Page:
Focus and Manufacturing

Auto suppliers expecting another good year

But how long will this slow and steady growth pace last?

December 19, 2014
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Most automotive suppliers experienced a very good year and can expect at least a few more good ones on the horizon. Courtesy Thinkstock

West Michigan auto suppliers can look forward to another good year.

“The auto industry is pretty steady right now and the auto suppliers are booming,” said Bill Small, vice president of technical services for The Right Place and regional manager for the Michigan Manufacturing Technology Center-West.

Bob Pekrul, partner with Plante Moran and member of the firm’s Auto Supplier Leadership Team, said he also expects to see his clients, who are middle-market, closely held auto suppliers in the $50 million to $500 million sales range, continue the positive growth started in 2014.

“What we’ve seen in that segment is a tremendous year from a financial results point,” Pekrul said. “(It’s) driven by a number of different things but I think the biggest factor being a slow and steady growth phase the industry is in right now.”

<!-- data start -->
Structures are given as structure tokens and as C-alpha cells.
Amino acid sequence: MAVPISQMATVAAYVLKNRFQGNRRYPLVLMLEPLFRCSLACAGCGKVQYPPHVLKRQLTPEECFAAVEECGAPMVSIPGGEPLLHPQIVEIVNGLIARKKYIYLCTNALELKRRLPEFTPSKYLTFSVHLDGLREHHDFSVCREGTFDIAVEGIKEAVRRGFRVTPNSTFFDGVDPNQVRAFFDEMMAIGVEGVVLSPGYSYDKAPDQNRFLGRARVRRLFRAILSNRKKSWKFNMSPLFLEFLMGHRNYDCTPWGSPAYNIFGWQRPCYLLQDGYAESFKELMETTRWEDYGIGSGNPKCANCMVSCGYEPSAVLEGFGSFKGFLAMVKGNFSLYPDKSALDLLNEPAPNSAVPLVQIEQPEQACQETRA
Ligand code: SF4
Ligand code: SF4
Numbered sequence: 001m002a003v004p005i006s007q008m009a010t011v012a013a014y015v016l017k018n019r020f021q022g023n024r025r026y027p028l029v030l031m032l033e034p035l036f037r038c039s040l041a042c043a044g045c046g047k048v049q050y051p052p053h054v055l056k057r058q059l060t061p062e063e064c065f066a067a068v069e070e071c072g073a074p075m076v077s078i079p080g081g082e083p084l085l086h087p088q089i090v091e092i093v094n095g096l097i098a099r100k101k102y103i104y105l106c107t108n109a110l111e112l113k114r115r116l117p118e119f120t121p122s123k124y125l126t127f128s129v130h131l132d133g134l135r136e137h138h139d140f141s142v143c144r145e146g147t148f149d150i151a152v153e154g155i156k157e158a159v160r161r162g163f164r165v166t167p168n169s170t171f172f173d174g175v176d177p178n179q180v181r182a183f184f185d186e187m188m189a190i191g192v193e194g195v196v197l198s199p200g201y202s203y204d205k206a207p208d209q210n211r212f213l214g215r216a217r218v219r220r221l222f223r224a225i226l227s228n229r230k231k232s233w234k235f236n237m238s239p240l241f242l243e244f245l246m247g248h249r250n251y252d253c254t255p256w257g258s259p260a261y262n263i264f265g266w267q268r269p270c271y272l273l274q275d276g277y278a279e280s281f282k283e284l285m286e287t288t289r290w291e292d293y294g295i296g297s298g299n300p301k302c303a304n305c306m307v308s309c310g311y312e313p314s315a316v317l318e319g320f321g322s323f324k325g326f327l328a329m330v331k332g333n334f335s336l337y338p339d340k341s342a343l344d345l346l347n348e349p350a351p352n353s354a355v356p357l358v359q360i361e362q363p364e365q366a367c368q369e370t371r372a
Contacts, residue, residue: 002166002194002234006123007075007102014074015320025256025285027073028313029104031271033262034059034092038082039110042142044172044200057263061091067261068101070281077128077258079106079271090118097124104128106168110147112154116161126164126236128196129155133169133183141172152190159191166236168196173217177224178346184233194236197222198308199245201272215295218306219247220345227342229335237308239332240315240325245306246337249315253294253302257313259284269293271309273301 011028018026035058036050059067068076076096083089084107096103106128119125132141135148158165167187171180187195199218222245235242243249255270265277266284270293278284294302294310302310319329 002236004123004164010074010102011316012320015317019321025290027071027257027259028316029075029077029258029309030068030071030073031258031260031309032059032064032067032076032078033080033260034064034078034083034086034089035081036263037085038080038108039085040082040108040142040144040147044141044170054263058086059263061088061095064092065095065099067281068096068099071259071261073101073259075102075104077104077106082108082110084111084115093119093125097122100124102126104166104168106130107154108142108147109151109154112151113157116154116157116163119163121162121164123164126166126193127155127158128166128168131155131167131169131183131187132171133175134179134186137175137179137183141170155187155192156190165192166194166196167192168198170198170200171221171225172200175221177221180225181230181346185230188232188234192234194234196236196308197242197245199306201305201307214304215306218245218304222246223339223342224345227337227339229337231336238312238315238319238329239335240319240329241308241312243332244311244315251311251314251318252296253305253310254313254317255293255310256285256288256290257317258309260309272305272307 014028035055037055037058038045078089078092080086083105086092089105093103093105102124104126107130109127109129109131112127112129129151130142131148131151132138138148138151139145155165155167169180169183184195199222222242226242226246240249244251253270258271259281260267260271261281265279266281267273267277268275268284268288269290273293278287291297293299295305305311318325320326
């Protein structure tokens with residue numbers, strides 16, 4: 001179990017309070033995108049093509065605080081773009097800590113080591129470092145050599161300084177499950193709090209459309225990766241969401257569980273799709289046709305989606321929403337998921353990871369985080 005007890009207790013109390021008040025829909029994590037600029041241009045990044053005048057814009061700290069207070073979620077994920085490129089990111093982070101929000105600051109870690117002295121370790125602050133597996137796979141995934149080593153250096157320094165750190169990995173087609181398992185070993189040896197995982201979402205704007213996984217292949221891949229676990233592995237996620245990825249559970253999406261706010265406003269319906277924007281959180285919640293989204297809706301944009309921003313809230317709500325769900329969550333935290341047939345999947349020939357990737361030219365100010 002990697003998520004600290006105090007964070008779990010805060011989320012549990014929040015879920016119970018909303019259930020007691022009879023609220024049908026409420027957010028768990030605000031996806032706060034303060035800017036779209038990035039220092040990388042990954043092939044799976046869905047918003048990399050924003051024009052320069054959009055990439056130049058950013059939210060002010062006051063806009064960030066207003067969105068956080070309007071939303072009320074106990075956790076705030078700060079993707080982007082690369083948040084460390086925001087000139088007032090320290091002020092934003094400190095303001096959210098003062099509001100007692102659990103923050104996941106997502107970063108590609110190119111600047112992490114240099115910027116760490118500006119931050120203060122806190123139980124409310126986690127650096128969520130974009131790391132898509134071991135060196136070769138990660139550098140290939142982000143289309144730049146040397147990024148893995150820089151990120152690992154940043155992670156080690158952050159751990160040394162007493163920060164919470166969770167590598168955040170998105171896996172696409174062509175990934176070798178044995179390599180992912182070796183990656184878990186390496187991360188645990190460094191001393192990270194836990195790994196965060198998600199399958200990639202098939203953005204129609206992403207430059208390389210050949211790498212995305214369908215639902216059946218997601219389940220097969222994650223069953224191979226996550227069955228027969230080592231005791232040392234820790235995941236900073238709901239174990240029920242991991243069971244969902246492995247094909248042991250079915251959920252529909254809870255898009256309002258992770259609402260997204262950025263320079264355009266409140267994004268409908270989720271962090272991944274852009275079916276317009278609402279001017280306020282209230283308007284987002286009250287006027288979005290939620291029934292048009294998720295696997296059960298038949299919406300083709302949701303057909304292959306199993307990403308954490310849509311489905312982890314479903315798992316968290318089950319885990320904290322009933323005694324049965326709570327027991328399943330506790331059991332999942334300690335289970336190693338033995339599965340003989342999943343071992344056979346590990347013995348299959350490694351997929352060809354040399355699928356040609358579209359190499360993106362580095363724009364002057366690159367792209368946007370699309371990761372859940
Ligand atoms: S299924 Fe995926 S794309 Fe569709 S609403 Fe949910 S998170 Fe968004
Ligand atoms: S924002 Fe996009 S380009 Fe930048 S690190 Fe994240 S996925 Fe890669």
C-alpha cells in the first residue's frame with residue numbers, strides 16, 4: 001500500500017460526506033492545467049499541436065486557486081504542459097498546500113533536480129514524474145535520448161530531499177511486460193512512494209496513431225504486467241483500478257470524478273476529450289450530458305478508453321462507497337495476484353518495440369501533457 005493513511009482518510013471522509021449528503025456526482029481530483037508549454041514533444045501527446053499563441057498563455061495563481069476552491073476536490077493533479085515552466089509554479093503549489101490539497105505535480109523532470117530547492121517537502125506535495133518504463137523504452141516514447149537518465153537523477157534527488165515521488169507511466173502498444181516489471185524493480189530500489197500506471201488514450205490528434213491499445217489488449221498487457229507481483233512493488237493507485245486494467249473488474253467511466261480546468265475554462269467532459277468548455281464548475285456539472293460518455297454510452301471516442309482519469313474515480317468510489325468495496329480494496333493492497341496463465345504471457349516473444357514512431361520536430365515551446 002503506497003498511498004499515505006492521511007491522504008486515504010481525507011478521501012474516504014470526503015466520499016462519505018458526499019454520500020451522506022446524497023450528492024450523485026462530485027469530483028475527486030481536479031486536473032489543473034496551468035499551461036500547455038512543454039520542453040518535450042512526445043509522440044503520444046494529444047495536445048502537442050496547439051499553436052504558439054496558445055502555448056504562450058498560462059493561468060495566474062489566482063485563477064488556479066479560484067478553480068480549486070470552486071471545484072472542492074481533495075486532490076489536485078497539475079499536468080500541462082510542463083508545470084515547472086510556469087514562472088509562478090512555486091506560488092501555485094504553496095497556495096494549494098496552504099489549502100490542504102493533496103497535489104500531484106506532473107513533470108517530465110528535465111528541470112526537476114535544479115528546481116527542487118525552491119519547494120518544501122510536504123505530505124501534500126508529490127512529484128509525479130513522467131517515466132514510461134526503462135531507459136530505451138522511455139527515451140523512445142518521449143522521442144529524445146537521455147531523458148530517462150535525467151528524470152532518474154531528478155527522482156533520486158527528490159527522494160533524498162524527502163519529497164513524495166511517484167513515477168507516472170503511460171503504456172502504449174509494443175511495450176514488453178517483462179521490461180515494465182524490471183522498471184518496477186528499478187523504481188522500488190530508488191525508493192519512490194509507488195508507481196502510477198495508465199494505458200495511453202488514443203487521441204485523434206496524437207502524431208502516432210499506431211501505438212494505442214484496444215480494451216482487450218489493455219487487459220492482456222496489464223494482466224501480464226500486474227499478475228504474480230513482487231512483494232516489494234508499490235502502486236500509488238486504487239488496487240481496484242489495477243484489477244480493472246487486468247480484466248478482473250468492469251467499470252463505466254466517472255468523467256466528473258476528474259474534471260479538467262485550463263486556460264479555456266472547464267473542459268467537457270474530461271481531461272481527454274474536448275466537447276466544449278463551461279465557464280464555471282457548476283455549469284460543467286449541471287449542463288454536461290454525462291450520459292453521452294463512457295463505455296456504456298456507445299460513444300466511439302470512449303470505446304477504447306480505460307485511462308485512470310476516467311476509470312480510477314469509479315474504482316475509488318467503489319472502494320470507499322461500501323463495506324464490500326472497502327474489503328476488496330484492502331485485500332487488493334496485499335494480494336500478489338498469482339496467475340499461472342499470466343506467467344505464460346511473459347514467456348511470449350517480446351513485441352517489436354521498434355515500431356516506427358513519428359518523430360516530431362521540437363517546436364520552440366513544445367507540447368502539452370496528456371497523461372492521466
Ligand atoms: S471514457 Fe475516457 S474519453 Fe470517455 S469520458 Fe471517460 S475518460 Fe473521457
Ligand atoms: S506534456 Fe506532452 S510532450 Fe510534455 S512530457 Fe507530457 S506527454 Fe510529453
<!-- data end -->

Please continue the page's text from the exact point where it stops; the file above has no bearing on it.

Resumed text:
Richard Lacks Jr., president and CEO of Lacks Enterprises, said he also expects 2015 to be a robust year.

One reason for the current positive situation has a lot to do with suppliers’ ties to the Japanese and Korean automobile manufacturers.

“Over the last five years or so, most of our auto parts suppliers that have their act together have figured out how to get some of the Japanese and Korean transplant business that is available out there,” said Brian Long, director of supply chain management research in the Seidman College of Business at Grand Valley State University. “That has made a huge difference from several standpoints.”

Lacks confirmed the impact of Japanese business on his company, saying it has provided leverage Lacks Enterprises didn’t have previously.